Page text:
Always wondered what a Goldie low D is like?

Or a Freeman tweaked high D?

Post your own findings and links to "professional" reviews here and discuss with others!

Views: 7633

Replies to This Discussion

Bluebirds are slightly more quite, sweeter, and less chiffy, than the Mellowdogs.

Bluebirds have a standard sized tube and the Mellowdogs are wide bodies based on the

Walton Mellow D.

You won't go wrong with either, but if your are session oriented get the Mellowdog.

I really love both.

Recently I sent away for a Bluebird Eb, as well as a new Mellowdog head for my C Mellowdog tube.

Freeman Whistles are rediculously good for the price.


If you need a really quite whistle Mack Hoover makes great ones.

And Parks Whistles have tone rings that can adjust volume.

Big Whistle(UK) carries a 'Shush', but I don't know much about them.

Thanks for your help. My problem is that my main whistle is a Low D Goldie which uses a significant amount of air. For a high D, since I've no intentions of playing in a session, I would prefer a whistle that is on the quieter side (not shrill and piercing in the upper octave) BUT  that requires reasonable amounts of air and has a solid bell note. I just didn't get along with a Parks Whistle, I loved a Hoover than I tried but couldn't deal with the minimal breath requirements, not along side a Low D. I'm wondering whether the Bluebird has rather low air requirements and whether the Mellowdog is actually mellow and not too shrill in that higher octave.

I'd say that the Bluebird uses average air for a high D, about same as a Feadog or Gen.

The Mellowdog uses more air, are louder, and not as sweet on the upper end(I wouldn't say shrill). If I understand correctly, a whistle that uses more air is generally louder.


If I may ask, what about the Parks didn't you like?

I found the Parks whistle fine with the ring open but when closing in even a little the tone was very rough.

By lucky chance i found this Löfgren Low A-whistle the other day. A lovely instrument, both musically (can be really leaned into and sounds lovely) and craftsmanship is second to none. All this at a "bargain" price!


Wow! The Lofgren sounds nice. How would you compare it for playing with say a Goldie/Overton if you have one. It sounds like a more breathy version of a Goldie, maybe closer to a Chieftain. I don't know. Do you have a link to the maker where they can be bought?


I have played a couple of Overtons and a couple of Goldies but alas only low D's, and they sound different than the higher pitched low whistles imo..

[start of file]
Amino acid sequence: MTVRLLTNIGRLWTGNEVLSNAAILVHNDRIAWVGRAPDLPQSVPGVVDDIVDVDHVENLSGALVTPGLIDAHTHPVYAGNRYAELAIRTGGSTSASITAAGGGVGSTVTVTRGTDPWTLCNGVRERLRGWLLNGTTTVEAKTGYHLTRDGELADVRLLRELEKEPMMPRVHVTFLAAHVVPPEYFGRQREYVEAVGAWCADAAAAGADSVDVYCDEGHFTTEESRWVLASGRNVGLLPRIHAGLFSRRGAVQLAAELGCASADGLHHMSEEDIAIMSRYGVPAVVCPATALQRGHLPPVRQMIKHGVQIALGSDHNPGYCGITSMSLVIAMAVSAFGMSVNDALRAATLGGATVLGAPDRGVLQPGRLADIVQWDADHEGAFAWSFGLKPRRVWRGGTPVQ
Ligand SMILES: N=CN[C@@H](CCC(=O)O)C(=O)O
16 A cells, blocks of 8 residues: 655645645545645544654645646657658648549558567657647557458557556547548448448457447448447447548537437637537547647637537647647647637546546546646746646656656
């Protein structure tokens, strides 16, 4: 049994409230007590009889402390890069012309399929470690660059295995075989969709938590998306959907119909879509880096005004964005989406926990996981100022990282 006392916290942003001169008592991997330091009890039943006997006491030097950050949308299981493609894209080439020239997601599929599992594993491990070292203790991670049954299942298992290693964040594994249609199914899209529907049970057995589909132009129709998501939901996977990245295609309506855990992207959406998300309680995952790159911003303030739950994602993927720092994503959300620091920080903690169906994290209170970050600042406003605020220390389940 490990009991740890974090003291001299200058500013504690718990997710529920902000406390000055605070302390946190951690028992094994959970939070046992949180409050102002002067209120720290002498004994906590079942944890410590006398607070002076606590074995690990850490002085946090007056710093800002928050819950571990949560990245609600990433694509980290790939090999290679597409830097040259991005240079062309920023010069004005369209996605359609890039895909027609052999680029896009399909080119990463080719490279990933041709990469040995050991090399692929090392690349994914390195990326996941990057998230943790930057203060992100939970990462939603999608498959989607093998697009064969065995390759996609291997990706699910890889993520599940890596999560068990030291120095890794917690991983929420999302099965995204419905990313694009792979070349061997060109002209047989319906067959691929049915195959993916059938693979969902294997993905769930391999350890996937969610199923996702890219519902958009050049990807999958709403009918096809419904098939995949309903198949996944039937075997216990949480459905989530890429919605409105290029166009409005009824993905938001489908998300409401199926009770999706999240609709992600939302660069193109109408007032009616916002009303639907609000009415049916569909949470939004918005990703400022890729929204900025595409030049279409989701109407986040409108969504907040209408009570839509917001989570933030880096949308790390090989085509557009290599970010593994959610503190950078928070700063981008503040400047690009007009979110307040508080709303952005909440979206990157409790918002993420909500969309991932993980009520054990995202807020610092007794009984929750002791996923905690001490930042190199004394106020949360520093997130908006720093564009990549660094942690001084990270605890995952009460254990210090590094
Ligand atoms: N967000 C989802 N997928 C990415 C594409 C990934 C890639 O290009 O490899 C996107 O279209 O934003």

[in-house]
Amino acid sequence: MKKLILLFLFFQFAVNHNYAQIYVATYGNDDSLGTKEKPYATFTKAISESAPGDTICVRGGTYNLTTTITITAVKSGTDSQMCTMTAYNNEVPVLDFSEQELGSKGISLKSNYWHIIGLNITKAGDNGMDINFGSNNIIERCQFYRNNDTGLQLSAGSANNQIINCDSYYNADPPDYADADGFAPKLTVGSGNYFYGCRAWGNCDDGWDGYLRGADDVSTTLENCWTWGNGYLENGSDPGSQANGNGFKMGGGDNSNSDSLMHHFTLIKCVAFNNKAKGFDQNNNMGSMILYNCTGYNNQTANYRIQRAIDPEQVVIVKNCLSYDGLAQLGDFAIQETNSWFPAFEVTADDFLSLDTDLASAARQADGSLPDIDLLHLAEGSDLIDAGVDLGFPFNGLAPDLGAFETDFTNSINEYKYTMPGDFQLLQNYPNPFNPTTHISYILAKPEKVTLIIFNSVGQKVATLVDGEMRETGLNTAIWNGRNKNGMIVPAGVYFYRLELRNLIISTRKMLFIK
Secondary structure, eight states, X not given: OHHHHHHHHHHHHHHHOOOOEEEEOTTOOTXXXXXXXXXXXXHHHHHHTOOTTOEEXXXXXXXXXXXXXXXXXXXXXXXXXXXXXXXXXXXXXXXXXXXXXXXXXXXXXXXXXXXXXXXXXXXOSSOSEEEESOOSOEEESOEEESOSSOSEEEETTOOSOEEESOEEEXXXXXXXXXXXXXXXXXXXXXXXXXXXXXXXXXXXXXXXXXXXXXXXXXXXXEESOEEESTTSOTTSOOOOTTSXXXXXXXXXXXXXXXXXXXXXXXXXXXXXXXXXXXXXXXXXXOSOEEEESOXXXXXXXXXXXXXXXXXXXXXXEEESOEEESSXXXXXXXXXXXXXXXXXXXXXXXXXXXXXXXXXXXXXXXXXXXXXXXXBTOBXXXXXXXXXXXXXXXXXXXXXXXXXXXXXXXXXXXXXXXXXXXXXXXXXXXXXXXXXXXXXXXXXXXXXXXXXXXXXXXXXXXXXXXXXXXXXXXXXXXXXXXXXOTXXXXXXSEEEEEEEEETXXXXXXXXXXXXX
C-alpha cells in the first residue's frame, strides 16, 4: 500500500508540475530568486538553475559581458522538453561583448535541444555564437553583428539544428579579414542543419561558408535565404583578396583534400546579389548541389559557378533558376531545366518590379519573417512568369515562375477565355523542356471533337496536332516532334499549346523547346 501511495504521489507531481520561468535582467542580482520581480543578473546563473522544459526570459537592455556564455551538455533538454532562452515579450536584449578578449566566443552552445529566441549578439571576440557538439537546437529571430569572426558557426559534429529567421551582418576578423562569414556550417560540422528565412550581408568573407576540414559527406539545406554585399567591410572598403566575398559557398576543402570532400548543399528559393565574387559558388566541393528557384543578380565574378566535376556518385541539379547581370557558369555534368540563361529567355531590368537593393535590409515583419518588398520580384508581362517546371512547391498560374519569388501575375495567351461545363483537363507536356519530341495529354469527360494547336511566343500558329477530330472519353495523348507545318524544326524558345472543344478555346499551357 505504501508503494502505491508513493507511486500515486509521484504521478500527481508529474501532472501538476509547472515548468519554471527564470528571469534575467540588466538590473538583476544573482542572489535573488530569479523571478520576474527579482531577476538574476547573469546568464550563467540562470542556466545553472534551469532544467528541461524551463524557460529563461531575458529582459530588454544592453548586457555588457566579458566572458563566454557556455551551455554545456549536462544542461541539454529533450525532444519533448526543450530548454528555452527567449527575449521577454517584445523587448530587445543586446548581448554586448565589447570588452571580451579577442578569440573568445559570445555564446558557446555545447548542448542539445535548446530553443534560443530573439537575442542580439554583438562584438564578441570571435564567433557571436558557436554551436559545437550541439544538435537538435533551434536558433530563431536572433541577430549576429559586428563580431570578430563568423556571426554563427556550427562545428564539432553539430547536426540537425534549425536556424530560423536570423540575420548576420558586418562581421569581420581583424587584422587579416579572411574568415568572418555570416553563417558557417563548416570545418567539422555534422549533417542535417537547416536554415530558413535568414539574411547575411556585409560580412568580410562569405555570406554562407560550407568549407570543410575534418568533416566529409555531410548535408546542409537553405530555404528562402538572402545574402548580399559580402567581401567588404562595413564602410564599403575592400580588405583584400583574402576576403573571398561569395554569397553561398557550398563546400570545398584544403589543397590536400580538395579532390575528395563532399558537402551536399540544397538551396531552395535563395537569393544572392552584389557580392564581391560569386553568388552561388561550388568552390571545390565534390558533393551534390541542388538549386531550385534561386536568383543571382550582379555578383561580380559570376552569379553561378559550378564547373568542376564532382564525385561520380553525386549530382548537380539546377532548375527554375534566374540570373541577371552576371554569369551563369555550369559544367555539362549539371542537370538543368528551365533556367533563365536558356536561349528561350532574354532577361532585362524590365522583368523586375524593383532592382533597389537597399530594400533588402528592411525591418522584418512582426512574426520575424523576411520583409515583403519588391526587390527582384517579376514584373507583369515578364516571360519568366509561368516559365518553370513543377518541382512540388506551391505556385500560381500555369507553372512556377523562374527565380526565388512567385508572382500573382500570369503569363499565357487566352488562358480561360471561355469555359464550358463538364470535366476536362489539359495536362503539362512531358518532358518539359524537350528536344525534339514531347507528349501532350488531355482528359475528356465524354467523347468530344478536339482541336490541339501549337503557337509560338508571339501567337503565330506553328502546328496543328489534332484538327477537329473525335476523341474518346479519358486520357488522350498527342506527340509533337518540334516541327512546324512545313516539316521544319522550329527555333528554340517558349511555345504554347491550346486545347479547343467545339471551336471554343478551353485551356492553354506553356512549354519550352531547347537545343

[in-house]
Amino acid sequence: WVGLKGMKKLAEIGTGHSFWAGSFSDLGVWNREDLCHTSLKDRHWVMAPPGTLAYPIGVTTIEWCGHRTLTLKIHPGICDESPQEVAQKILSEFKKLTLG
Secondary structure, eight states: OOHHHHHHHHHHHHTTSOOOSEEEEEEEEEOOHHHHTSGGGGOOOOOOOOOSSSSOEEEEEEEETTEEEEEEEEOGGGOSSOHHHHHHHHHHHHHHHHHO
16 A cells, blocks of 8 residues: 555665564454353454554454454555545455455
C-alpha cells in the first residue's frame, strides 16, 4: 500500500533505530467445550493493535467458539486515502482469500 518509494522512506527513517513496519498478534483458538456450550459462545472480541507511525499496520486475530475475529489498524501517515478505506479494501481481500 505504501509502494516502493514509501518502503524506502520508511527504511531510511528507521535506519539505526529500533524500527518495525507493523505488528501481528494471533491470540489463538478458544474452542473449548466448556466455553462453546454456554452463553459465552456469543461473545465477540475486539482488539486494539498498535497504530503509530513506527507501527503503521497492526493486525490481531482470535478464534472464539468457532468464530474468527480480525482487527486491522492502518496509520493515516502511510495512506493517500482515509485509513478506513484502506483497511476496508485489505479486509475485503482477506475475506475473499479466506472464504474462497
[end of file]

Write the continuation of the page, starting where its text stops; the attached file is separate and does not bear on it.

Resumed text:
If i got him right, he doesn't make low whistles a.t.m. He had this and a couple of others for sale now.

More intriguing stuff from Mr Löfgren!

Soprano ("high") D whistles, brass with african blackwood mouthpiece.


Closeup, on top fipple plug from olive wood, center all blackwood.


I'd say the Bluebird is the more quiet, and it can't take being pushed very hard. It's a very, very nice whistle nonetheless and miked up it would sound at least as good as the mellowdog imo.

Mike Wallbridge said:

Which is the quieter, the Bluebird or the Mellowdog?

Thanks for that. Jerry informs me that his quietest tweak is the Blackbird, even quieter than the Bluebird.

UPDATE: Here's sound samples from various Löfgren whistles:

Soprano "high" D

Low D

Low F

Low G

Low A

Lars 'Larry Mór' Mott said:

More intriguing stuff from Mr Löfgren!

Soprano ("high") D whistles, brass with african blackwood mouthpiece.


Closeup, on top fipple plug from olive wood, center all blackwood.


The Low D sounds wonderful, very Overton-like. Where did you get all this information?


© 2021   Created by Tradconnect Reviews.   Powered by

Badges  |  Report an Issue  |  Terms of Service

The title of your home page You could put your verification ID in a comment Or, in its own meta tag Or, as one of your keywords Your content is here. The verification ID will NOT be detected if you put it here. .slick-track { display: flex!important; justify-content: center; align-items: center;/* Safari */ display: -webkit-flex!important; -webkit-justify-content:center; -webkit-align-items: center; }